top of page

The Challenge

Rowing Oceans for Women is taking on the World's Toughest Row: a rowing race across the Pacific Ocean. With a World Record on the line, the team will push themselves to their absolute limits as they row across 2,800 miles of open ocean.

The Route

The race begins in the historic harbor of Monterey, California. The team will navigate 2800 miles across the Pacific Ocean, to reach the stunning island of Kauai, Hawaii. After two years of preparation, the team will gather in the Summer of 2024. The race is set to launch on June 8th, 2024. The team is expected to land in Hawaii in Mid-July.

The Boat

There are two types of ocean rowing boats that rowers compete in: open class and race class. Open class boats typically sit deeper into the water and are less prone to wind movements. Contrarily, race class boats sit closer to the waters surface level and are much faster. Rowing Oceans for Women intends to compete in race class.

The Training

Rowers undergo vigorous training leading up to the race with the minimum on-water training hours being 72 hours, with at least 12 hours of the 72-hour period conducted during the hours of darkness. Additionally, rowers are required to hold several certifications and licenses in order to compete.

The Crossing

When the team pushes off the dock in Monterey, they will face a long and grueling journey. Contributing to the physical and mental toll, the challenge could bring 40ft waves, extreme temperatures, storms, marine life encounters, sea sickness, hallucinations and weight loss. 


Shift Pattern:

With a shift pattern of alternating 2 hours on the oars and 2 hours off the oars (in which they must eat, clean, maintain or fix equipment, and sleep), each team member will be rowing at least 12 hours a day. Over the course of the challenge, the rowers will never sleep more than 1.5 hours at a time - subjecting them to extreme sleep deprivation. 

Food and Hydration:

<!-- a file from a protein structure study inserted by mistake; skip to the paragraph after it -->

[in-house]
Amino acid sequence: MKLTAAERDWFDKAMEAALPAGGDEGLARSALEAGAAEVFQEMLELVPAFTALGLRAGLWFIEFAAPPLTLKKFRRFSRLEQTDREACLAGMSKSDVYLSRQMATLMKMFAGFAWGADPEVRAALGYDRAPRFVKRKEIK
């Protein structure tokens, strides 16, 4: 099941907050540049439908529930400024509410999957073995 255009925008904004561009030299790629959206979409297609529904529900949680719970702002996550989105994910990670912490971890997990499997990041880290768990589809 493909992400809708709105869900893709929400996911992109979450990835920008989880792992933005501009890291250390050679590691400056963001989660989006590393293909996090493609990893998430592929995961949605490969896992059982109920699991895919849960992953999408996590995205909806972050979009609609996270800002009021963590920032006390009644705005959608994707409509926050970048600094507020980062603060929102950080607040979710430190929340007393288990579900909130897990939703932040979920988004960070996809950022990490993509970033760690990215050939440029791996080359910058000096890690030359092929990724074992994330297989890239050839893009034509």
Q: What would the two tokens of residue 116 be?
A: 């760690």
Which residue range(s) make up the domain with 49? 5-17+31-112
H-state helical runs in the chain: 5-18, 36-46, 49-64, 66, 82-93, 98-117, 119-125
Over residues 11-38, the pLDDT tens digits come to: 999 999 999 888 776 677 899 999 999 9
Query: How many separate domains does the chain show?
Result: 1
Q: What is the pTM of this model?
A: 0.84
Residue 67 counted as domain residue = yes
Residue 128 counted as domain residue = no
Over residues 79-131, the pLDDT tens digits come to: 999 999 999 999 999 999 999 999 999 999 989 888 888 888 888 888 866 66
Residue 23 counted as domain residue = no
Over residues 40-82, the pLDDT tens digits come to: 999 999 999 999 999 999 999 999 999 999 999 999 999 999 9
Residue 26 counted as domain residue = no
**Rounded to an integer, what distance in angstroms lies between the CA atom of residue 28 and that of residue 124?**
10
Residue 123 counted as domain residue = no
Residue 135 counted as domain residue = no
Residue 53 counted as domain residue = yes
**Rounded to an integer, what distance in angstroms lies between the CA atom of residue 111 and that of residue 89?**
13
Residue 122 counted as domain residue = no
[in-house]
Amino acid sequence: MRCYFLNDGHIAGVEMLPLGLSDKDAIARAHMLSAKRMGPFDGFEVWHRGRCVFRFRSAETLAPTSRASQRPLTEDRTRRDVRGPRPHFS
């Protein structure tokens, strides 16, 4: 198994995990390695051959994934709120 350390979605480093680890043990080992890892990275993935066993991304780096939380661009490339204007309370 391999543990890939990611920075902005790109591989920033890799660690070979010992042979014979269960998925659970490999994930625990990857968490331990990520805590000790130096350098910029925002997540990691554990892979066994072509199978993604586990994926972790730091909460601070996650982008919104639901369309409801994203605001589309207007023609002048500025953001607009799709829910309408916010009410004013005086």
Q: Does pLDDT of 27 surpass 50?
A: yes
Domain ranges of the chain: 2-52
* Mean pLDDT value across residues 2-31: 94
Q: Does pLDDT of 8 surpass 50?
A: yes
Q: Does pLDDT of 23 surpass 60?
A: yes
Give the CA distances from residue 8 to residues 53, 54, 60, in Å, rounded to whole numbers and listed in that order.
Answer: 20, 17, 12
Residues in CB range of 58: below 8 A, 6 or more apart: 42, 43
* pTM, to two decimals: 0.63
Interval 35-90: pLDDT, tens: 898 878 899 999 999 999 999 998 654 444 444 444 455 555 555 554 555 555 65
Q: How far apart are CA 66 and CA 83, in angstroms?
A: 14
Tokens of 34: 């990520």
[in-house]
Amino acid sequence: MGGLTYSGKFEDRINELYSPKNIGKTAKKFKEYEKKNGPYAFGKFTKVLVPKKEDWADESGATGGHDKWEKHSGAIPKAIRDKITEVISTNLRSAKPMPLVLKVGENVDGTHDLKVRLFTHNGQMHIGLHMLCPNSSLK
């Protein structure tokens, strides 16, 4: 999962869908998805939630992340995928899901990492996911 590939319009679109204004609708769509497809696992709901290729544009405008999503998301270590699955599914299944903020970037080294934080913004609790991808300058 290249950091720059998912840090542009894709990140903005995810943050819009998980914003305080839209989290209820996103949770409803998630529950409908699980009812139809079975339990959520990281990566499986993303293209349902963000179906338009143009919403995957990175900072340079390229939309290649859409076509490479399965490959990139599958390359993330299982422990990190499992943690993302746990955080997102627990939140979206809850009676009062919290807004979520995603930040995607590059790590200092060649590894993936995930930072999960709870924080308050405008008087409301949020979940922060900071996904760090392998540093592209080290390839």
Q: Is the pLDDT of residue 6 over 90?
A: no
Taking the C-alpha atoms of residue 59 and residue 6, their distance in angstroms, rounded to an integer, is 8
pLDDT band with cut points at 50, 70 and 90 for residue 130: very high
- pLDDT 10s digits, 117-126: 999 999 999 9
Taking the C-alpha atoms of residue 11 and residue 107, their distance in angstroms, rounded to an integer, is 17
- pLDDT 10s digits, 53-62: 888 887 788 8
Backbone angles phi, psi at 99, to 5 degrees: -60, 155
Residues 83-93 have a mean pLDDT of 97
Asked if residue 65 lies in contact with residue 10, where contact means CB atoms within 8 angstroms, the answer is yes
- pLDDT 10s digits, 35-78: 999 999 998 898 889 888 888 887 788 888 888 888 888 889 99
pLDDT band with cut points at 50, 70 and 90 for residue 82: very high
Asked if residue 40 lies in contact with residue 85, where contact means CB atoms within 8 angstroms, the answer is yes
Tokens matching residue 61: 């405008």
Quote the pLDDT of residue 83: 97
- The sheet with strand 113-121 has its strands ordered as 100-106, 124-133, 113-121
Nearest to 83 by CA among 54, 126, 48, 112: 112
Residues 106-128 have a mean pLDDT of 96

Collectively, the team will row over 1.5 million strokes. To fuel this, they will aim to eat 5,000 calories of food per day. The crew will make their own water with a solar powered water-maker, which aims to produce at least 10L per day. On average, ocean rowers lose 25lbs while at sea.


The Pacific Challenge is an unsupported race, meaning the crew must be entirely self-sufficient. All the food, supplies, and equipment that will be required for the duration of the 30-60 days at sea, must be brought on board at the start of the race. There will be a World's Toughest Row support yacht that crosses at the same time as the competitors. Each team will get a visit from the yacht during the crossing (to say hello and take photos), but any assistance results in disqualification. 


Safety is the number one priority for the team and the race organizers. In addition to the communication protocols, the team will bring a long list of safety gear, including a life raft, life jackets, survival suits, EPIRBs, flares, spare electronics, a complete medical kit, ditch bags with water and food etc. All team members will complete sea survival and first aid courses to ensure they are trained to handle even the worst of situations. 


The World’s Toughest Row is the organizer of two premier ocean rowing events across the Atlantic and the Pacific. The organization is known to put on the safest and most successful ocean rowing races.

bottom of page